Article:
Anyway, I'm not really tackling my thoughts now, am I? From the opening scene of the city of New York stripped of it's people and one single girl (Holly) stepping out of that cab and strolling around on the barren streets, I knew this movie was going to be something special. The soft score being slowly poured over the images, only helped to make the moment more magical, as I gazed at the beautiful Audrey Hepburn. Once the film got started, at first, I was a little confused. Nothing really seemed to mesh together. We had characters whom I really didn't understand entirely. Were Holly and Paul, female and male prostitutes respectively? As the film rolled on it became clear that Holly wasn't a prostitute per se, but rather a social girl who didn't mind accepting a handout. I think, however, you can still view the film as if she is a call girl. I think it makes it better actually. Having to think up certain, specific words to define Holly, when she's clearly a call girl, just gets in the way and it's easier to imagine this writer falling in love with a call girl and being unable to secure her.

In the film, Holly represents that uncatchable fish that Paul just can't seem to reel in (until the end). She likes him and he loves her, but she's too bogged down with "responsibilities" to take his love seriously. I think as a man, I can speak for all men and say that I think we've all met a girl like Holly in our lifetime, at some point. A girl that we had feelings for, but that there was no way in hell we were ever going to tie down with marriage or even a committed relationship. That's who Holly was in this film. A girl who flew by the seat of her pants and didn't intend on getting tied down, who accepted any favor she could garner from any man who would offer it and lived off of them. It was just a really fun film, beautifully shot and wonderfully acted film, that I already want to go and re-live again.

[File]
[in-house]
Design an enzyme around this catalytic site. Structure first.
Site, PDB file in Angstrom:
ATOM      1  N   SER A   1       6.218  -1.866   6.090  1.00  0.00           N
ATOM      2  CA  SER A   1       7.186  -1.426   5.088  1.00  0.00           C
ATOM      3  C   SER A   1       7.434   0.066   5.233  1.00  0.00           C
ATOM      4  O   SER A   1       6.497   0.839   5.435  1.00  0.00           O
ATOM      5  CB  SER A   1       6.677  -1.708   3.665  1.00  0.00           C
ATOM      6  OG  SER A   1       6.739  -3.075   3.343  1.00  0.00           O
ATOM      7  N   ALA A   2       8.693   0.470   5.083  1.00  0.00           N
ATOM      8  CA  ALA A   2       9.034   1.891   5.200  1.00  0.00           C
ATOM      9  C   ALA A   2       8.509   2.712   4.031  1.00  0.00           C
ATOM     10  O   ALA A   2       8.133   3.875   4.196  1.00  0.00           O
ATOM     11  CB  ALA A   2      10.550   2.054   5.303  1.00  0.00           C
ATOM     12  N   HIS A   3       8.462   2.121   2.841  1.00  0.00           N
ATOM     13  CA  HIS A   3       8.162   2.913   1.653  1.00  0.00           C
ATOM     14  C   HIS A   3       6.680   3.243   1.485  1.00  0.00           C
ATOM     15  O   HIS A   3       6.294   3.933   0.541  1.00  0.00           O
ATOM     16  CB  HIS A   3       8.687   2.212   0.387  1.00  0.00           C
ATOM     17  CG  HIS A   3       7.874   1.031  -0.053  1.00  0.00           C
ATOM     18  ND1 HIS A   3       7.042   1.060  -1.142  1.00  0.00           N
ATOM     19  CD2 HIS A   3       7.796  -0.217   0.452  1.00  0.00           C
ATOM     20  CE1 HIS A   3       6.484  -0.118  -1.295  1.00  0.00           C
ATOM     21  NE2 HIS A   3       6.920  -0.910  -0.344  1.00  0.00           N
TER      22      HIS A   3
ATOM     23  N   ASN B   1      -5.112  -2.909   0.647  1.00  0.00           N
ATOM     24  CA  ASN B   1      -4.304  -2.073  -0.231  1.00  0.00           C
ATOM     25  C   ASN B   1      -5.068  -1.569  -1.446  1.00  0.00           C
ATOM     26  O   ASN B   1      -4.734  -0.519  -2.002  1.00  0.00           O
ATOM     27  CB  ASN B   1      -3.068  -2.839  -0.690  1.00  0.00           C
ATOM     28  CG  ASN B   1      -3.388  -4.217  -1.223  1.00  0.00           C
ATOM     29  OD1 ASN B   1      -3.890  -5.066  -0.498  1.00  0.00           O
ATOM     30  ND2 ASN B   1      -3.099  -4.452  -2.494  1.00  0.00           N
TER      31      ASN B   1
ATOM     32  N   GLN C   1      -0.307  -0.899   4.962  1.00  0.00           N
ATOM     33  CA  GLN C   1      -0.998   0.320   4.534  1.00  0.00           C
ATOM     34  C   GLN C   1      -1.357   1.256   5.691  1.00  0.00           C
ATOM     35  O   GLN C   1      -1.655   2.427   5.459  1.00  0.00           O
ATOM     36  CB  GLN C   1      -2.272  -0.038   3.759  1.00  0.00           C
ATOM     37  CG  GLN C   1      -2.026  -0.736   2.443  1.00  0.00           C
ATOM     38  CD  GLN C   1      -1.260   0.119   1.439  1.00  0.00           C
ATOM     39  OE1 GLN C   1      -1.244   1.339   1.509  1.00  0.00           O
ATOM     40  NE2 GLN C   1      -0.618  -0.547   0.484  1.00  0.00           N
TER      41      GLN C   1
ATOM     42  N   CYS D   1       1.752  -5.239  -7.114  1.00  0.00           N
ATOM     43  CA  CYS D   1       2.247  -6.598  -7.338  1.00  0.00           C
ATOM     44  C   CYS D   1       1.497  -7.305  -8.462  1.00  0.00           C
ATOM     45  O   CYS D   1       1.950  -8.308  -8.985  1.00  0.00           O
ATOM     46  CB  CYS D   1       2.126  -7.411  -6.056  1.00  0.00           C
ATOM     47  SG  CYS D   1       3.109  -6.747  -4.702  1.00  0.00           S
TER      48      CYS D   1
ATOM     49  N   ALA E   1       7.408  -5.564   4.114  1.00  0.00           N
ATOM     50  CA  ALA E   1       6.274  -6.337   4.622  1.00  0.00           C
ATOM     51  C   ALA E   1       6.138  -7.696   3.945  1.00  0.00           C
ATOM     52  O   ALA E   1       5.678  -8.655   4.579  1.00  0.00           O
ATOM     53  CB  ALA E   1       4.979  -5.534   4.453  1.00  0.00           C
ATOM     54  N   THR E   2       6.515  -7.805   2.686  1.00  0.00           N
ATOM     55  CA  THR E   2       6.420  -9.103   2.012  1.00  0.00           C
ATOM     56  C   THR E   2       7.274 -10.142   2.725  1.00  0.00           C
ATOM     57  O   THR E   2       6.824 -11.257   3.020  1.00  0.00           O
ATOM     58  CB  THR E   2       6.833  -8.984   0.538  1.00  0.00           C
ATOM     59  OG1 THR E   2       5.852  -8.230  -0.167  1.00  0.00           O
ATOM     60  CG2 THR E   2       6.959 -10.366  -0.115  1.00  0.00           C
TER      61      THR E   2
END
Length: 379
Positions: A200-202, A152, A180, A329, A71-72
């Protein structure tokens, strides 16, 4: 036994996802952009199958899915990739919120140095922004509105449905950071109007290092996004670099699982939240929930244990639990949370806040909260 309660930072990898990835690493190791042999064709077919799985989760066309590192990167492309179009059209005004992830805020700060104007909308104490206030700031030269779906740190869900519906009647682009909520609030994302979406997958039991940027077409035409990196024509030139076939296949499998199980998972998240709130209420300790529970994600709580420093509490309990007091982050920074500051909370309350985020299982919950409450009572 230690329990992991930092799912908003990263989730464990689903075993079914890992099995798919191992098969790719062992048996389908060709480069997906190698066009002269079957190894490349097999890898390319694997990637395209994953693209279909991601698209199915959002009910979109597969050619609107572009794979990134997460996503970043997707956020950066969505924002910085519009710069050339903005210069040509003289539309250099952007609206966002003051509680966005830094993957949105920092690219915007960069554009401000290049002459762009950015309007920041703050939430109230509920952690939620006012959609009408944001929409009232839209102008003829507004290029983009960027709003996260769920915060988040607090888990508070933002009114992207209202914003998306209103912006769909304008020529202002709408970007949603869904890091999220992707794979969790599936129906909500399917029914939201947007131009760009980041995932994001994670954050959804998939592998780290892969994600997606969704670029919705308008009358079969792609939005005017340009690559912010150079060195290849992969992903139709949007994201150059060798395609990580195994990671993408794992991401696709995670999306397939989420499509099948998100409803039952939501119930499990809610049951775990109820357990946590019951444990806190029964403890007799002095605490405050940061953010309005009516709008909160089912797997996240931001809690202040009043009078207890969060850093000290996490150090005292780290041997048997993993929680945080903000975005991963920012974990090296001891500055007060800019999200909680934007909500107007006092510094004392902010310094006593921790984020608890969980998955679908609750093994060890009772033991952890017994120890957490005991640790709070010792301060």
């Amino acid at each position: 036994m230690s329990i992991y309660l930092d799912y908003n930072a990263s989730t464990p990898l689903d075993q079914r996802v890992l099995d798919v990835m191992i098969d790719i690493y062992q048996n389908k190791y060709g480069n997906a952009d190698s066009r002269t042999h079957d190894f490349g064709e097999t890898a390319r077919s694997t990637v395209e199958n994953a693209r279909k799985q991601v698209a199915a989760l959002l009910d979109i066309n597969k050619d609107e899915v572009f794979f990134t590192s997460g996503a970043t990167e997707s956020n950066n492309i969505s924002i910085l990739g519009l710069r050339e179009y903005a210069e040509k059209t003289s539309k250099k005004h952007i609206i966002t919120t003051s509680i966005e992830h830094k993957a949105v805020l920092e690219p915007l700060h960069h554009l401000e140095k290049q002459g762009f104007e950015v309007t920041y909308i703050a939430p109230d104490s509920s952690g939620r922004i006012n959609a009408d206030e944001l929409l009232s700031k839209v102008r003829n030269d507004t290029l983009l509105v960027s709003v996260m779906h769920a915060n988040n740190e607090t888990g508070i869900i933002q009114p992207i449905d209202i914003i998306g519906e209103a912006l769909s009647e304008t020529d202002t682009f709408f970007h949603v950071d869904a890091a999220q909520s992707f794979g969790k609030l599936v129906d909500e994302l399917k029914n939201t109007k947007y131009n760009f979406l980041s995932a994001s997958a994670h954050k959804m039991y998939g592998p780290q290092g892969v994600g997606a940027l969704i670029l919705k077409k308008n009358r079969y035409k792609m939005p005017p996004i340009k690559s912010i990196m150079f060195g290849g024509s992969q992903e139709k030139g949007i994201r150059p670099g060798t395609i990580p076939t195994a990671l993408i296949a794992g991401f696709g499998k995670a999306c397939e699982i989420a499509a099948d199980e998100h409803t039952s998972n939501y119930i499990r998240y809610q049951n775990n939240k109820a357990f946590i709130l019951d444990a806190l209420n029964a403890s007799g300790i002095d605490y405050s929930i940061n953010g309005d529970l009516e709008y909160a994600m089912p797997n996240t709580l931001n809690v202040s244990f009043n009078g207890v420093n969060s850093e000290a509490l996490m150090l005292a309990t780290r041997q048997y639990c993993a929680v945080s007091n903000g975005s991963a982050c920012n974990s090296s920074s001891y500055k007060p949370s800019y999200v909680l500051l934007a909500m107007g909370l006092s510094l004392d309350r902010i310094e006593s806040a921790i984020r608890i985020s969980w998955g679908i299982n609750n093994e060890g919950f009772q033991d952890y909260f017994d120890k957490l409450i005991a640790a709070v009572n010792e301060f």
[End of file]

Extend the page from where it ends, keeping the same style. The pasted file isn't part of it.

RATING: 8.5/10 I'm probably undercutting it a little, but for now I'll play it safe and go with an '8.5'. Don't be surprised to see my come back here sometime in the next week with reviews for "My Fair Lady" and "Roman Holiday".


August 9, 2011 1:28pm


  1. Sorry I've not been around a while, I was in hiding from the Spielburg season.